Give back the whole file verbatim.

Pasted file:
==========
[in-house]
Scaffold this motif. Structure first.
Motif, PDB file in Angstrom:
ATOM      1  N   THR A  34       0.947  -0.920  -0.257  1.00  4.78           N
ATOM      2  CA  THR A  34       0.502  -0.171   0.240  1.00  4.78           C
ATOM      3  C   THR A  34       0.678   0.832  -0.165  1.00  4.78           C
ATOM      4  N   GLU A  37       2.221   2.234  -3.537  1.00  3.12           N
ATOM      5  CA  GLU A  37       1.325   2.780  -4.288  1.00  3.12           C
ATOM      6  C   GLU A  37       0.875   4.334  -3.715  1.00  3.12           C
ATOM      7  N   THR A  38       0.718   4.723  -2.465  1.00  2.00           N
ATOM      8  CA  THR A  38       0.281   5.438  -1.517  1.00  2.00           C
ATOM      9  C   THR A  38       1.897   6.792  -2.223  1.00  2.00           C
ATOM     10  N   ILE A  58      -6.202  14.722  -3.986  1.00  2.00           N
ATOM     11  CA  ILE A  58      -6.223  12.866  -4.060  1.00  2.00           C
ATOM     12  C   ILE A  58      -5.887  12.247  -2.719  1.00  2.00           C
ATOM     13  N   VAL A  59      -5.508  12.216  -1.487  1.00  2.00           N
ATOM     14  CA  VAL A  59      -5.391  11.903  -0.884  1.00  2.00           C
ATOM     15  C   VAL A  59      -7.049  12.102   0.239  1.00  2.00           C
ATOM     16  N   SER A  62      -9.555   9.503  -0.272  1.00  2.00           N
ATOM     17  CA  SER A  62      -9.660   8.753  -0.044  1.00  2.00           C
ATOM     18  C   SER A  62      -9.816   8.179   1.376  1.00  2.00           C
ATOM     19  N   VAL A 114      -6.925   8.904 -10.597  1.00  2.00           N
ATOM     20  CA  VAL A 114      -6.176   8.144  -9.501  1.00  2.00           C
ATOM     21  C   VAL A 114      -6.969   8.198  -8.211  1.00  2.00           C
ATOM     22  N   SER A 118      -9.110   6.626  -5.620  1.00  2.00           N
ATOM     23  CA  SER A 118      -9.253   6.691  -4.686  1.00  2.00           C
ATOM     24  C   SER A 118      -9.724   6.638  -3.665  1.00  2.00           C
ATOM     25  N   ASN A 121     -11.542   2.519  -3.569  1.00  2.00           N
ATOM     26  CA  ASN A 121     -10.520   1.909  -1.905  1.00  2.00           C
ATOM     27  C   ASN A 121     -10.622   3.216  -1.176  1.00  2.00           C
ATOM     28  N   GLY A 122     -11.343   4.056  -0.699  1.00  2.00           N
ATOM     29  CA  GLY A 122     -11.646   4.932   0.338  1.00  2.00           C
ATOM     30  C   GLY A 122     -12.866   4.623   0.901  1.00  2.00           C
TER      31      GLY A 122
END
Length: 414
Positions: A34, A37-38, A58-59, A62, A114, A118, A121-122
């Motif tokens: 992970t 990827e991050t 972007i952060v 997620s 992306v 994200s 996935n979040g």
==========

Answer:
[in-house]
Scaffold this motif. Structure first.
Motif, PDB file in Angstrom:
ATOM      1  N   THR A  34       0.947  -0.920  -0.257  1.00  4.78           N
ATOM      2  CA  THR A  34       0.502  -0.171   0.240  1.00  4.78           C
ATOM      3  C   THR A  34       0.678   0.832  -0.165  1.00  4.78           C
ATOM      4  N   GLU A  37       2.221   2.234  -3.537  1.00  3.12           N
ATOM      5  CA  GLU A  37       1.325   2.780  -4.288  1.00  3.12           C
ATOM      6  C   GLU A  37       0.875   4.334  -3.715  1.00  3.12           C
ATOM      7  N   THR A  38       0.718   4.723  -2.465  1.00  2.00           N
ATOM      8  CA  THR A  38       0.281   5.438  -1.517  1.00  2.00           C
ATOM      9  C   THR A  38       1.897   6.792  -2.223  1.00  2.00           C
ATOM     10  N   ILE A  58      -6.202  14.722  -3.986  1.00  2.00           N
ATOM     11  CA  ILE A  58      -6.223  12.866  -4.060  1.00  2.00           C
ATOM     12  C   ILE A  58      -5.887  12.247  -2.719  1.00  2.00           C
ATOM     13  N   VAL A  59      -5.508  12.216  -1.487  1.00  2.00           N
ATOM     14  CA  VAL A  59      -5.391  11.903  -0.884  1.00  2.00           C
ATOM     15  C   VAL A  59      -7.049  12.102   0.239  1.00  2.00           C
ATOM     16  N   SER A  62      -9.555   9.503  -0.272  1.00  2.00           N
ATOM     17  CA  SER A  62      -9.660   8.753  -0.044  1.00  2.00           C
ATOM     18  C   SER A  62      -9.816   8.179   1.376  1.00  2.00           C
ATOM     19  N   VAL A 114      -6.925   8.904 -10.597  1.00  2.00           N
ATOM     20  CA  VAL A 114      -6.176   8.144  -9.501  1.00  2.00           C
ATOM     21  C   VAL A 114      -6.969   8.198  -8.211  1.00  2.00           C
ATOM     22  N   SER A 118      -9.110   6.626  -5.620  1.00  2.00           N
ATOM     23  CA  SER A 118      -9.253   6.691  -4.686  1.00  2.00           C
ATOM     24  C   SER A 118      -9.724   6.638  -3.665  1.00  2.00           C
ATOM     25  N   ASN A 121     -11.542   2.519  -3.569  1.00  2.00           N
ATOM     26  CA  ASN A 121     -10.520   1.909  -1.905  1.00  2.00           C
ATOM     27  C   ASN A 121     -10.622   3.216  -1.176  1.00  2.00           C
ATOM     28  N   GLY A 122     -11.343   4.056  -0.699  1.00  2.00           N
ATOM     29  CA  GLY A 122     -11.646   4.932   0.338  1.00  2.00           C
ATOM     30  C   GLY A 122     -12.866   4.623   0.901  1.00  2.00           C
TER      31      GLY A 122
END
Length: 414
Positions: A34, A37-38, A58-59, A62, A114, A118, A121-122
């Motif tokens: 992970t 990827e991050t 972007i952060v 997620s 992306v 994200s 996935n979040g």